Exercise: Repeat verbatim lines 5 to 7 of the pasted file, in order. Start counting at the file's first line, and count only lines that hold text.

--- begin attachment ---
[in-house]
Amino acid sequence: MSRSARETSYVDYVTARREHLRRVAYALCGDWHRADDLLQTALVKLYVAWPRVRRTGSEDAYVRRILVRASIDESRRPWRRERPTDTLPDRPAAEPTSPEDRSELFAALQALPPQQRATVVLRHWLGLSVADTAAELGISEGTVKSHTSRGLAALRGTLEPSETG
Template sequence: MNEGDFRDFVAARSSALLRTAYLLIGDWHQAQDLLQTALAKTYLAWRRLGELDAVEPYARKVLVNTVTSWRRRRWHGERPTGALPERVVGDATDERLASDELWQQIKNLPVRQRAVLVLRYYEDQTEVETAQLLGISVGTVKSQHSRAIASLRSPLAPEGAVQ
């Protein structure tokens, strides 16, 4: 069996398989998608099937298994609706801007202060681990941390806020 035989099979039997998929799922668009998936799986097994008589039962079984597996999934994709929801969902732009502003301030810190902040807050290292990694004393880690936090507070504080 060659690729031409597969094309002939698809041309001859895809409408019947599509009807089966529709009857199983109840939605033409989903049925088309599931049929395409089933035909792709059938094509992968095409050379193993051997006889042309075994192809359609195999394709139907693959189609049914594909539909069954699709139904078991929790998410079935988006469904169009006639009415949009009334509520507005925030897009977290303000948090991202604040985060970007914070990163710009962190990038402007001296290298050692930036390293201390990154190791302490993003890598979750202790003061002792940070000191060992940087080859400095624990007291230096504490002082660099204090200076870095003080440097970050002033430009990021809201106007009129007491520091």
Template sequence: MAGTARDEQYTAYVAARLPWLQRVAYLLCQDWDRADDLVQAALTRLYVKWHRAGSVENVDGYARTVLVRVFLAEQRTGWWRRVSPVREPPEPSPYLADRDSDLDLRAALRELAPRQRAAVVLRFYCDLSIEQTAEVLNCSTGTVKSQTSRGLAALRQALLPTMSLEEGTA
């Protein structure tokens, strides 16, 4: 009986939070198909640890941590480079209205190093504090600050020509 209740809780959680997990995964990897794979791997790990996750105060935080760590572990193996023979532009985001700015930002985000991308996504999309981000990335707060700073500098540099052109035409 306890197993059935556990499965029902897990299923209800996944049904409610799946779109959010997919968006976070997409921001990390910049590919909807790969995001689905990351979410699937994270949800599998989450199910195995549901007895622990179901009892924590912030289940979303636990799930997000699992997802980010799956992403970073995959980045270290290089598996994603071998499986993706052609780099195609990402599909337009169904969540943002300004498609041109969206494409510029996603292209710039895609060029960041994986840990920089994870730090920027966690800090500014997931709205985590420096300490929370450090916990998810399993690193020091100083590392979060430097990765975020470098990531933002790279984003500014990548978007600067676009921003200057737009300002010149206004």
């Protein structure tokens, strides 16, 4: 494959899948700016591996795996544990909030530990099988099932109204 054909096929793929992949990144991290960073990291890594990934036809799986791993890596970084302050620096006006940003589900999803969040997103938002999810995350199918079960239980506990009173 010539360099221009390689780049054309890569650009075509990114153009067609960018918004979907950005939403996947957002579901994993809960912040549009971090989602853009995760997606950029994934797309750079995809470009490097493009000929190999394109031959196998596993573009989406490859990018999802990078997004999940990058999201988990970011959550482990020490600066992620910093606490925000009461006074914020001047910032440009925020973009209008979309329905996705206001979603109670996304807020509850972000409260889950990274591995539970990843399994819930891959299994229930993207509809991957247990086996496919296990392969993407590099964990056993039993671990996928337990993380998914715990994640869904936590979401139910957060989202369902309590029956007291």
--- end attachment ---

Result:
Template sequence: MAGTARDEQYTAYVAARLPWLQRVAYLLCQDWDRADDLVQAALTRLYVKWHRAGSVENVDGYARTVLVRVFLAEQRTGWWRRVSPVREPPEPSPYLADRDSDLDLRAALRELAPRQRAAVVLRFYCDLSIEQTAEVLNCSTGTVKSQTSRGLAALRQALLPTMSLEEGTA
């Protein structure tokens, strides 16, 4: 009986939070198909640890941590480079209205190093504090600050020509 209740809780959680997990995964990897794979791997790990996750105060935080760590572990193996023979532009985001700015930002985000991308996504999309981000990335707060700073500098540099052109035409 306890197993059935556990499965029902897990299923209800996944049904409610799946779109959010997919968006976070997409921001990390910049590919909807790969995001689905990351979410699937994270949800599998989450199910195995549901007895622990179901009892924590912030289940979303636990799930997000699992997802980010799956992403970073995959980045270290290089598996994603071998499986993706052609780099195609990402599909337009169904969540943002300004498609041109969206494409510029996603292209710039895609060029960041994986840990920089994870730090920027966690800090500014997931709205985590420096300490929370450090916990998810399993690193020091100083590392979060430097990765975020470098990531933002790279984003500014990548978007600067676009921003200057737009300002010149206004």
């Protein structure tokens, strides 16, 4: 494959899948700016591996795996544990909030530990099988099932109204 054909096929793929992949990144991290960073990291890594990934036809799986791993890596970084302050620096006006940003589900999803969040997103938002999810995350199918079960239980506990009173 010539360099221009390689780049054309890569650009075509990114153009067609960018918004979907950005939403996947957002579901994993809960912040549009971090989602853009995760997606950029994934797309750079995809470009490097493009000929190999394109031959196998596993573009989406490859990018999802990078997004999940990058999201988990970011959550482990020490600066992620910093606490925000009461006074914020001047910032440009925020973009209008979309329905996705206001979603109670996304807020509850972000409260889950990274591995539970990843399994819930891959299994229930993207509809991957247990086996496919296990392969993407590099964990056993039993671990996928337990993380998914715990994640869904936590979401139910957060989202369902309590029956007291």